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Indie game spotlight: ‘Stardew Valley’

Since its release, “Stardew Valley” has sold over two million copies on PC and Mac alone.

Nick Bramante
Connector Staff

From indie-developer Eric Barone and publisher Chucklefish Games comes “Stardew Valley,” an isometric roleplay game (RPG) that gives fans of franchises such as “Harvest Moon” or “Animal Crossing” a fresh take on the farming simulator subgenre.
Released in February 2016 on Windows with ports later bringing the game to other systems, “Stardew Valley” delivers a familiar, community-based farming simulator packed with enough twists and nuances to distinguish it from other games in the same genre. Since its release, the game has seen an incredible amount of success for an indie game of its caliber, and rightfully so.
With the charming original soundtrack and simple yet beautifully detailed pixelated graphics appearing almost immediately as the game starts, one may find it difficult to not feel an immediate positive response. Having grown tired of the monotonous life that comes with an office desk job, the game begins with the player being left a small plot of nearly deserted land and a few coins to their name, charging them with the responsibility of creating a new life out in the countryside.
At its core, “Stardew Valley” is a farming simulator. Seasons change, crops are planted, grown and harvested over time, and the player can find satisfaction in the fruits of their labor (literally) paying off. However, beyond the farming is where many of the title’s smaller details begin to really shine. With various other activities available almost immediately such as fishing, mining and adventuring, players are encouraged to carefully plan out their limited time and energy available each day, only to be left scrambling back to their home before they pass out from exhaustion because they could not fight the urge to explore one last dungeon level or harvest one more row of crops.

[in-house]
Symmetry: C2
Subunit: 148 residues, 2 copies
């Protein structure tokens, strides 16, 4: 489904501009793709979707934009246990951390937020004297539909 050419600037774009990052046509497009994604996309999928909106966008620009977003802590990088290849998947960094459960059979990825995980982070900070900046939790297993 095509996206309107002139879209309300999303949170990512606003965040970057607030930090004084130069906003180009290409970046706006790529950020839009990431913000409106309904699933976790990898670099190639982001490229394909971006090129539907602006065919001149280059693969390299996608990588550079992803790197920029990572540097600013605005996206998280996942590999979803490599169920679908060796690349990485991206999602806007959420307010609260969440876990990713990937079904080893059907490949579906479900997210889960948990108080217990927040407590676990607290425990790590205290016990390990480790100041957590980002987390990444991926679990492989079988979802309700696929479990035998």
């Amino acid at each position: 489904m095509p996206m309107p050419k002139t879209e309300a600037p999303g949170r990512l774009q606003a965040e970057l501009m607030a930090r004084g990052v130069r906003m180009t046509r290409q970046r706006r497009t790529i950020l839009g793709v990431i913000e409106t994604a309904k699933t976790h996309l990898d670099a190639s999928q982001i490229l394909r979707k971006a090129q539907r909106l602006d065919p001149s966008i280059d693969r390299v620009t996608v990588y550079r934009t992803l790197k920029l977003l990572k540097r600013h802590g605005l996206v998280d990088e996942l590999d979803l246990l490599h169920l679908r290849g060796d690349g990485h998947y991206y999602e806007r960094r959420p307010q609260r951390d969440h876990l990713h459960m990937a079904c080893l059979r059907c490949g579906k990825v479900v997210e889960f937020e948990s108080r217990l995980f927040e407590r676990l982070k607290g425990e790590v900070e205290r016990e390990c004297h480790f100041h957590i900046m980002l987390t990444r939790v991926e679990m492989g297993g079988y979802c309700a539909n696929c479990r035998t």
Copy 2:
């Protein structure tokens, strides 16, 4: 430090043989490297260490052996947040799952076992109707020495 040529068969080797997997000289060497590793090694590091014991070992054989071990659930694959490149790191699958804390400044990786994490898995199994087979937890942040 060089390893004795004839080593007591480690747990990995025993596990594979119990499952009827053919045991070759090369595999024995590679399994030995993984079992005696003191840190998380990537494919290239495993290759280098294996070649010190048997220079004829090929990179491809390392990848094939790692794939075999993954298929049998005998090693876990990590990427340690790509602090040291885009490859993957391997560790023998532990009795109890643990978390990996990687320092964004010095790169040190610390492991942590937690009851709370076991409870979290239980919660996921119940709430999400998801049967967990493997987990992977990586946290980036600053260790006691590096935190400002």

It is important to keep in mind that if one is looking for an intense, action packed adventure, “Stardew Valley” may not be that game. Though death does incur a relatively heavy penalty in the game, it is a factor that is not encountered often. The gameplay experience may vary based on the initial choices the player makes, such as choosing to live in the much more dangerous wilderness as opposed to the “standard” farm world, but generally “Stardew Valley” proves to be a relaxing and relatively stress-free game. The focus is more on building both a home and relationships with other characters found within the town.
After a while the farming and building may seem monotonous, but the game’s world is one of discovery and secrets; every time the player thinks they know what to expect, another veil is lifted and interest is almost immediately rekindled.
However, this concept does seem to work against the game at certain points, with some game mechanics being revealed a bit too late and leaving the player moderately frustrated in realization of how much time they could have saved in earlier gameplay. Regardless, while nearly every part of the game has been broken down and explained on Wikipedia pages and forums since its release, “Stardew Valley” is a journey better experienced blind. Discovering for oneself where the world Eric Barone has created is a much more rewarding experience than simply reading about it online.
Even after over 40 hours into “Stardew Valley,” the player will still feel as if they have only scratched the surface, with exciting and mysterious items, characters and locations that still have depths left to be traversed. It is a game that appropriately encourages a slower pace, with it being largely left to the player how the time given to them is spent, tying in well with the game’s narrative of leaving the hustle and bustle of city life for a more meaningful and peaceful existence.
Always left wanting more, players will grow along with their farms. They will feel satisfaction and even a bit of pride when they finally reap their first harvest, build their first barn or produce their first block of cheese for sale. Though not for everyone, “Stardew Valley” is a game with a wealth of secrets, charm and relaxation to offer, provided players are willing to put in the time it may take to experience them.
“Stardew Valley” is available on PC, Mac, Linux, Xbox One and PS4 for $15.
Final Grade: A

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